A Lesson in History
Ships then, boats now. The numbers lost to the scourge of human greed is truly horrific. There have been some recent high profile boat disasters involving migrants attempting to cross the Mediterranean. All the thousands of passengers were being smuggled - some were also being trafficked.
Human smuggling is not the same as human trafficking. This distinction was so eloquently made by a recent article by Klara Skrivankova, Head of Europe Programme at Anti-Slavery. Both are criminal acts and both are deplorable but they are not the same thing. Human trafficking (and therefore slavery) involves an element of coercion where someone is exploited through forced labour or prostitution. There are instances where one situation may overlap with another; it does not take much for someone who has been smuggled to become trafficked because of desperation or poverty. This is similar to someone who finds themselves having to flee from their home as a refugee or having to cope with the devastation reaped by mother nature. However, in order to address a person’s circumstances with a meaningful response, it serves us all well to not use terms such as people smuggling, people trafficking or refugees as interchangeable terms because they are not.
It is difficult to imagine what horrors lay beneath the waves when a reported 1,750 migrants died trying to cross the seas in the first four months this year. Compared to this time last year, this figure is said to be 30 times more. The single biggest loss of 700 migrants on 19th April came less than one month after Britain passed the modern slavery bill, and this illustrates the need for us to remain vigilant and not fall into the complacency of feeling that we have done something to combat the issue. Less than two weeks later over 7,000 migrants had to be rescued in another attempt at a perilous crossing.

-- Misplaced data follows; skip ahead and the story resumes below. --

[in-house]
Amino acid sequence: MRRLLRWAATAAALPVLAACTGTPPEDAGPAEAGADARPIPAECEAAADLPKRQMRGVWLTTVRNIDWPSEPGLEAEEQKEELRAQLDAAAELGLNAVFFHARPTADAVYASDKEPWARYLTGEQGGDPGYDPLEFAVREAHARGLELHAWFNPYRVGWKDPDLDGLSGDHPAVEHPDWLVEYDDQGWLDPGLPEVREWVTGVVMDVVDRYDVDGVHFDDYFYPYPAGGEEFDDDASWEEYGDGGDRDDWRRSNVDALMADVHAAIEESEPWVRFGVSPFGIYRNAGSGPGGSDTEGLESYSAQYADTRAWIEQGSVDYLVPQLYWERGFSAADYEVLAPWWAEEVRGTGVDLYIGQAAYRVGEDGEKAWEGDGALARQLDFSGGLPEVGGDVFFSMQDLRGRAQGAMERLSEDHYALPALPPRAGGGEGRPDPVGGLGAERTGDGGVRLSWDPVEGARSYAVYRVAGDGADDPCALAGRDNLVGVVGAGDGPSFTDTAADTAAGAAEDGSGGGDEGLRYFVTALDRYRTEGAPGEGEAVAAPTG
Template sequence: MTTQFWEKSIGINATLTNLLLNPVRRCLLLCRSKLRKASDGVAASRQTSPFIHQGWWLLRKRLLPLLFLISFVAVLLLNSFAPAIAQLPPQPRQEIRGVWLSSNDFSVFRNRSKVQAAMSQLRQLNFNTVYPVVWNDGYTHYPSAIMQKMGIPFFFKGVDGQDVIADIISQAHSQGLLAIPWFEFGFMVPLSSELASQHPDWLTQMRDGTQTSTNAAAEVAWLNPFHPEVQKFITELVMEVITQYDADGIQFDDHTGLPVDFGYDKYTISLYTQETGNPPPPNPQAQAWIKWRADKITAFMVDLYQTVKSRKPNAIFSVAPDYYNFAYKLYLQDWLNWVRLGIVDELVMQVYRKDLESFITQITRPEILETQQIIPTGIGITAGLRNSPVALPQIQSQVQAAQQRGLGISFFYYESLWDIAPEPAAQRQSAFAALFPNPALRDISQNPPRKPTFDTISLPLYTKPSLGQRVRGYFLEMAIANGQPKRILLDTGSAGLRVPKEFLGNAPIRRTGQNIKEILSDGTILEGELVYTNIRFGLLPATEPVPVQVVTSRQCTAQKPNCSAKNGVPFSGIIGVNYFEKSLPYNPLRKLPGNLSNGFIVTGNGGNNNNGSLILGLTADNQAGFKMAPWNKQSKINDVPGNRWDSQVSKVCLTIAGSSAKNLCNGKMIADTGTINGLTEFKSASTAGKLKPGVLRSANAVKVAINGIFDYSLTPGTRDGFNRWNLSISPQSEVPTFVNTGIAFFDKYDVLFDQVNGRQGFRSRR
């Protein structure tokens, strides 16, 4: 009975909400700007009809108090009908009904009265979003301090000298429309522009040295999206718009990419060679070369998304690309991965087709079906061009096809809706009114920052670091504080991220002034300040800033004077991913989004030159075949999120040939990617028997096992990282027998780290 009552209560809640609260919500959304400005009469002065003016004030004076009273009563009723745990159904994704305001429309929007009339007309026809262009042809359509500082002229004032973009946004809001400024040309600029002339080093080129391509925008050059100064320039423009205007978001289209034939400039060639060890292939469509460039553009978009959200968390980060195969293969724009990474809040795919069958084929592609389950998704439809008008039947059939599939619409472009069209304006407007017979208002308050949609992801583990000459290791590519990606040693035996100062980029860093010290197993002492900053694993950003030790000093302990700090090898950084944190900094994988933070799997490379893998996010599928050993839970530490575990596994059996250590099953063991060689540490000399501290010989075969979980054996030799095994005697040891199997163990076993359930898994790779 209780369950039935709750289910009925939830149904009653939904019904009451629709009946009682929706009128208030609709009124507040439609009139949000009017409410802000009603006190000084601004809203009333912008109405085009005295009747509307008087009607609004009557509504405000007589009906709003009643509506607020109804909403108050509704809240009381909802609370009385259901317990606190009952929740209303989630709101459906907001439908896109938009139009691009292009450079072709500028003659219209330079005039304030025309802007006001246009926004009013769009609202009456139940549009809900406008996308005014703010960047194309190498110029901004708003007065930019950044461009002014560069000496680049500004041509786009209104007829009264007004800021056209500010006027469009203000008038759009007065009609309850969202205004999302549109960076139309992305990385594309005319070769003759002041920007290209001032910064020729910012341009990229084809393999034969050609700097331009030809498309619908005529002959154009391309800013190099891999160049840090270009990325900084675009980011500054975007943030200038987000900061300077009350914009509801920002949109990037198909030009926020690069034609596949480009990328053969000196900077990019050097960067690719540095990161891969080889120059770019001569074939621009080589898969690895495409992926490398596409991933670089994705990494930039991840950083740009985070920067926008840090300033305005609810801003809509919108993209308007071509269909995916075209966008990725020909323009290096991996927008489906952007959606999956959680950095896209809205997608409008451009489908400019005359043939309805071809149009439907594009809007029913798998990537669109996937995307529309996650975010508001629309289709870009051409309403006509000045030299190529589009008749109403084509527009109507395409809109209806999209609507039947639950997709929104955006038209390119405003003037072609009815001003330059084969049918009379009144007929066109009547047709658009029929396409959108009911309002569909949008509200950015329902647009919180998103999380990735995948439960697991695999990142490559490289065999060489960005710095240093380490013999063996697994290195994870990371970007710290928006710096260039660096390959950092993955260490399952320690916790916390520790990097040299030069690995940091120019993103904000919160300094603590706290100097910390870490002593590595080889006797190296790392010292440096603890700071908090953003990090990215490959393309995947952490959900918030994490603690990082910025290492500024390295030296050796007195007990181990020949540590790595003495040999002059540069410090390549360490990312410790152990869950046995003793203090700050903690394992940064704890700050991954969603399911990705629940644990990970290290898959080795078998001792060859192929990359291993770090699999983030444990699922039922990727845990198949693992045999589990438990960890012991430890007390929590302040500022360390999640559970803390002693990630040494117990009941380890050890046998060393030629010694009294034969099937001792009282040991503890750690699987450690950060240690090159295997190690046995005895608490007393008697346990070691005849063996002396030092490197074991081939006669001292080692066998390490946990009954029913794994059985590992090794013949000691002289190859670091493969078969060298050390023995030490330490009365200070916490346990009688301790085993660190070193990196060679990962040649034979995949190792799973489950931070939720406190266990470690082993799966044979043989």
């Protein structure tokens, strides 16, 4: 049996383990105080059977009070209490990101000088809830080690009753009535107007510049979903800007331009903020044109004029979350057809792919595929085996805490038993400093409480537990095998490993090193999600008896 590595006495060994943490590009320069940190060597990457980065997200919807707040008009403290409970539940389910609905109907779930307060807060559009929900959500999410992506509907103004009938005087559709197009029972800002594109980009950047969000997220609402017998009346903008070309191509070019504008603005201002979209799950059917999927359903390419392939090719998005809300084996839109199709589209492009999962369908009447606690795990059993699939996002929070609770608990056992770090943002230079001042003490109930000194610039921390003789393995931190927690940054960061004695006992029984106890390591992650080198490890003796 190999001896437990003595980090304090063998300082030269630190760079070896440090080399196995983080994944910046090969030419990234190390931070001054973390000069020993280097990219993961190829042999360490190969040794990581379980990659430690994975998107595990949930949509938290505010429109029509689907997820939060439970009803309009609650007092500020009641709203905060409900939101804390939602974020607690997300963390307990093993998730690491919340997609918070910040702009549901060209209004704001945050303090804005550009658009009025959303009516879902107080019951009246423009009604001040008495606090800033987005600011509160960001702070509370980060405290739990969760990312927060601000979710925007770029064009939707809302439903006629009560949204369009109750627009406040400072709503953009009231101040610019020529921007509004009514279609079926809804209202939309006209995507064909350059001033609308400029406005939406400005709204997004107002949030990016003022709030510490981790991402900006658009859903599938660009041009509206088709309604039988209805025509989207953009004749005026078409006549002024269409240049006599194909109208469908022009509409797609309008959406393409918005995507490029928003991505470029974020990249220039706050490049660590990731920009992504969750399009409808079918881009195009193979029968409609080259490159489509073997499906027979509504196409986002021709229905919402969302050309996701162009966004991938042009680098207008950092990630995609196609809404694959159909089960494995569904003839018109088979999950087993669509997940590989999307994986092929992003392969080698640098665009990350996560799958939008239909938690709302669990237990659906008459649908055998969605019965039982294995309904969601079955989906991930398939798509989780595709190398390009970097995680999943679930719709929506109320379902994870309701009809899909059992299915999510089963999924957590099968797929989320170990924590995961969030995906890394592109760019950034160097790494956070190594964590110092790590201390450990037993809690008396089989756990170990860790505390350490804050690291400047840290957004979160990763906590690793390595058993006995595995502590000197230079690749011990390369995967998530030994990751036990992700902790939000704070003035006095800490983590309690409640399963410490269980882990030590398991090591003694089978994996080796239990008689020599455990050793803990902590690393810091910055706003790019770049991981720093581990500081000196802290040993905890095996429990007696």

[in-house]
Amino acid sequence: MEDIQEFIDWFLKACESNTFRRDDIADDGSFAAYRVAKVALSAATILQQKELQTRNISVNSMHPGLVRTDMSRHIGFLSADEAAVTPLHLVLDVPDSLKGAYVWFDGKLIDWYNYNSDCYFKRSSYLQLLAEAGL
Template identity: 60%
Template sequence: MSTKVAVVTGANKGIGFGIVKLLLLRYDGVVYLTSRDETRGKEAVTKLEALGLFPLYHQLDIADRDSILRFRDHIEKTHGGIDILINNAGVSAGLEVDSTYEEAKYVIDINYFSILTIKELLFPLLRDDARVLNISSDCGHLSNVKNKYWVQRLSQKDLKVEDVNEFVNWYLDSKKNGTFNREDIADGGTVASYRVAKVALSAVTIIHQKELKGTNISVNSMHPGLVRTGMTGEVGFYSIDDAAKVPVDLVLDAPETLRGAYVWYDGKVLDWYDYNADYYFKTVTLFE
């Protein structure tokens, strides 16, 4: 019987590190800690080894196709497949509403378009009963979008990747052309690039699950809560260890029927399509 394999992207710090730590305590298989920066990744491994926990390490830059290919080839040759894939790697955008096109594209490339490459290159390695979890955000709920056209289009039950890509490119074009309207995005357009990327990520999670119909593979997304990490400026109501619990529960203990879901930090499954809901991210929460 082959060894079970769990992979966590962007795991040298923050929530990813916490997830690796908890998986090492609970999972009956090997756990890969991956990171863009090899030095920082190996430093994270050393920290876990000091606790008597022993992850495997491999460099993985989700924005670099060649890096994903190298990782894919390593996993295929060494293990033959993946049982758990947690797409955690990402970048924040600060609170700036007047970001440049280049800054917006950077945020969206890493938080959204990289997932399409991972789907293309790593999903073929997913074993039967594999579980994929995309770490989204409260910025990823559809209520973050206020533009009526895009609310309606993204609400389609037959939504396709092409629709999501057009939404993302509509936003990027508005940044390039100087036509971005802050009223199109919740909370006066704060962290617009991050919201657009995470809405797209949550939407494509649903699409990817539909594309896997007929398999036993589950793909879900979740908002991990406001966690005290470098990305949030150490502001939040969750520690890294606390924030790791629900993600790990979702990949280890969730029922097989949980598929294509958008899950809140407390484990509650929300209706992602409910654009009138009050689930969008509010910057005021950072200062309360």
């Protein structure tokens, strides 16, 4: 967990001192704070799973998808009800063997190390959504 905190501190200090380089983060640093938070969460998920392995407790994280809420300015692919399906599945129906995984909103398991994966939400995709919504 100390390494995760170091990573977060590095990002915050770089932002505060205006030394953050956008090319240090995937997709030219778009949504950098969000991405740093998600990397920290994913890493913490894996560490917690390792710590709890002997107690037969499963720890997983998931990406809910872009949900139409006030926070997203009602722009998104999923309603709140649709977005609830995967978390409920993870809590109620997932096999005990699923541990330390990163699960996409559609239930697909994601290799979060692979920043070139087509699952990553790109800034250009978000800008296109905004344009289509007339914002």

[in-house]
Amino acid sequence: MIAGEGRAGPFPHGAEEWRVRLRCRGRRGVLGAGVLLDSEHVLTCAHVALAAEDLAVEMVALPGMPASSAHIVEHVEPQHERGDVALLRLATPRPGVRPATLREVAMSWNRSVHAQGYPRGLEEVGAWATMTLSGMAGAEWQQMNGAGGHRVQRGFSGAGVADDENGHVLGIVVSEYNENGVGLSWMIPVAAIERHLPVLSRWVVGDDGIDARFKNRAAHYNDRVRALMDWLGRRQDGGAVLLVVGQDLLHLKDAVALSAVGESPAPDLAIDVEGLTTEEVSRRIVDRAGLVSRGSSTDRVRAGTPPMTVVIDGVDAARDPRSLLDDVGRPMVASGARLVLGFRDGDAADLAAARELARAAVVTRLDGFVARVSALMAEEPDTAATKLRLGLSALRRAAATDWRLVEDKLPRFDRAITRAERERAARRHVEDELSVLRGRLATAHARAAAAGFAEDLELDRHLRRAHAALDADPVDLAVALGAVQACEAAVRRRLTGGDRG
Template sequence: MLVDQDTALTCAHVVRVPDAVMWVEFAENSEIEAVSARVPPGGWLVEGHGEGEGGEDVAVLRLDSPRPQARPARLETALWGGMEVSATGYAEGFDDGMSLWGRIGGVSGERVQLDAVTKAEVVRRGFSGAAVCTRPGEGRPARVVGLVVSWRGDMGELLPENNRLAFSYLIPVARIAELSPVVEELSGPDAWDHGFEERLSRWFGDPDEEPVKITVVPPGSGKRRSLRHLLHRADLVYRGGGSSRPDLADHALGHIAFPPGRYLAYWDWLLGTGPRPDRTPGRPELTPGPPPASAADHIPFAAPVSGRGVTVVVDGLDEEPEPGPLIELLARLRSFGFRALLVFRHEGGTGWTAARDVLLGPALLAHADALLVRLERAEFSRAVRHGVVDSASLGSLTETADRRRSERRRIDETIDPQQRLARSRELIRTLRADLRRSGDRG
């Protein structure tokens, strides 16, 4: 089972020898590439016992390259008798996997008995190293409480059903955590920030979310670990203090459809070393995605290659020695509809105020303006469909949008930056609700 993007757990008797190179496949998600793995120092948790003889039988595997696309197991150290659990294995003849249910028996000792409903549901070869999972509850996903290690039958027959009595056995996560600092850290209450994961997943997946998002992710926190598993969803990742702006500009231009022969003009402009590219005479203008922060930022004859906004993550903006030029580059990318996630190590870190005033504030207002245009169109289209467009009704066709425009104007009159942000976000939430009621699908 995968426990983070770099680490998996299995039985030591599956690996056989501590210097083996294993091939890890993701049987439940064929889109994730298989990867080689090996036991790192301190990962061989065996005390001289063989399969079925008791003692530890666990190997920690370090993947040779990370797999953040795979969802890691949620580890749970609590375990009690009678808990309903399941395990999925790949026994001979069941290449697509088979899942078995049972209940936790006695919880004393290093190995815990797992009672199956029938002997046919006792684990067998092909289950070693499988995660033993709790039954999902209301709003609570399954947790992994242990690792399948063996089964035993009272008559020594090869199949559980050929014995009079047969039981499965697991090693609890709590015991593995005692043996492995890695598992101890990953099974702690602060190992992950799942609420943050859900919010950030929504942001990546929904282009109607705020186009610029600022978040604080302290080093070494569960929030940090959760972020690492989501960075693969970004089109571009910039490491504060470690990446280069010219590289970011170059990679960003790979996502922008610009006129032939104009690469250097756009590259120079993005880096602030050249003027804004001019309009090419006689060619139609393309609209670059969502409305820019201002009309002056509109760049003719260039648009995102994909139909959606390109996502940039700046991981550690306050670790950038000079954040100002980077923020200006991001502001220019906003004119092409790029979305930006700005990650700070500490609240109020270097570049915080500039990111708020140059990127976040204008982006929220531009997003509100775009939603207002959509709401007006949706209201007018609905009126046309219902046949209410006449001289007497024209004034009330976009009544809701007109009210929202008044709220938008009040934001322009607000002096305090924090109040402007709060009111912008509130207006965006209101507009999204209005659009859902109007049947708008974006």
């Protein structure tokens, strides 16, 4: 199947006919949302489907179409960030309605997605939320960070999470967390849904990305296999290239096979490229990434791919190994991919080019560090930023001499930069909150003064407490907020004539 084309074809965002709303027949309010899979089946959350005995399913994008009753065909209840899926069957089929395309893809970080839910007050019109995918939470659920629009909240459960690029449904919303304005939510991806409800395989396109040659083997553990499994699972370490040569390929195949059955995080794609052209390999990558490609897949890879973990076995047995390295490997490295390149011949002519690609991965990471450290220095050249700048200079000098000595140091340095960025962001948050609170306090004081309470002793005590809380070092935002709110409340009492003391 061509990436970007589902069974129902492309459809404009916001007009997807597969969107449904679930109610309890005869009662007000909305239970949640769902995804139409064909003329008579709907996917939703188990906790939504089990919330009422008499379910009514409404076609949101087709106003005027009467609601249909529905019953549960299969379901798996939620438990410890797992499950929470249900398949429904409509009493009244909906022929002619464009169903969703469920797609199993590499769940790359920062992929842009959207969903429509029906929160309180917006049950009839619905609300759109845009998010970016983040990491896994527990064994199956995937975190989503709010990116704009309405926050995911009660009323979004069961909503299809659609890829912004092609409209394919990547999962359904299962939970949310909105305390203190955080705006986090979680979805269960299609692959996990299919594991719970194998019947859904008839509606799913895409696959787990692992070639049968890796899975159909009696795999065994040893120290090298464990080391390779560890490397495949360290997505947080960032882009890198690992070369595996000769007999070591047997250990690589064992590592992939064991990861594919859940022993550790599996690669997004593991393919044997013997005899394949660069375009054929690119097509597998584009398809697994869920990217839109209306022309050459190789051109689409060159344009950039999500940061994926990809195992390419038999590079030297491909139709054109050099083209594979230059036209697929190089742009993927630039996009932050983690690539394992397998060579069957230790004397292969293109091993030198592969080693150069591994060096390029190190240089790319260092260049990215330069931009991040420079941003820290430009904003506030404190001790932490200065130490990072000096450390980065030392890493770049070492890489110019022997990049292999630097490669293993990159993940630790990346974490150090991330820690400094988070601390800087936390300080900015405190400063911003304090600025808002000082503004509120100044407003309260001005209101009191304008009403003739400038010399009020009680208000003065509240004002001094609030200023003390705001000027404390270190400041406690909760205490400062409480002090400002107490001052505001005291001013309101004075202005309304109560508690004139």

These incidents show that changes in one nation’s domestic policy has an impact to a smaller or lesser degree on others, whether that has been self imposed or engineered by others. The ripples or seismic changes eventually reach us all, and this not necessarily easily contained within borders as the alteration of the status quo creates a climate of vulnerability. Without doubt there is a responsibility to look at cause and effect. Key points in history continue to have their own impact on the present, including the transatlantic slave trade, the Sykes-Picot divisions after WW1, and more recently the interventions in Libya and Iraq.
Do you know anybody who is running the Hull Marathon? We are continuing to build the marathon team for Wilberforce and raise the profile of slavery.
We have three teams all named after abolitionists: Thomas Clarkson, Olaudah Equiano and Kevin Bales. Our next team, Elizabeth Heyrick, is nearly complete. We would like to name a few more abolitionists so let us know if you know any more runners who want to join in. Sponsorships for the whole effort can be made on our Virgin Money Giving page.
The image shows a group of children who were rescued from a British slave ship (the Daphne) after Parliament abolished the slave trade. Credit: awesomestories.com. Read more here.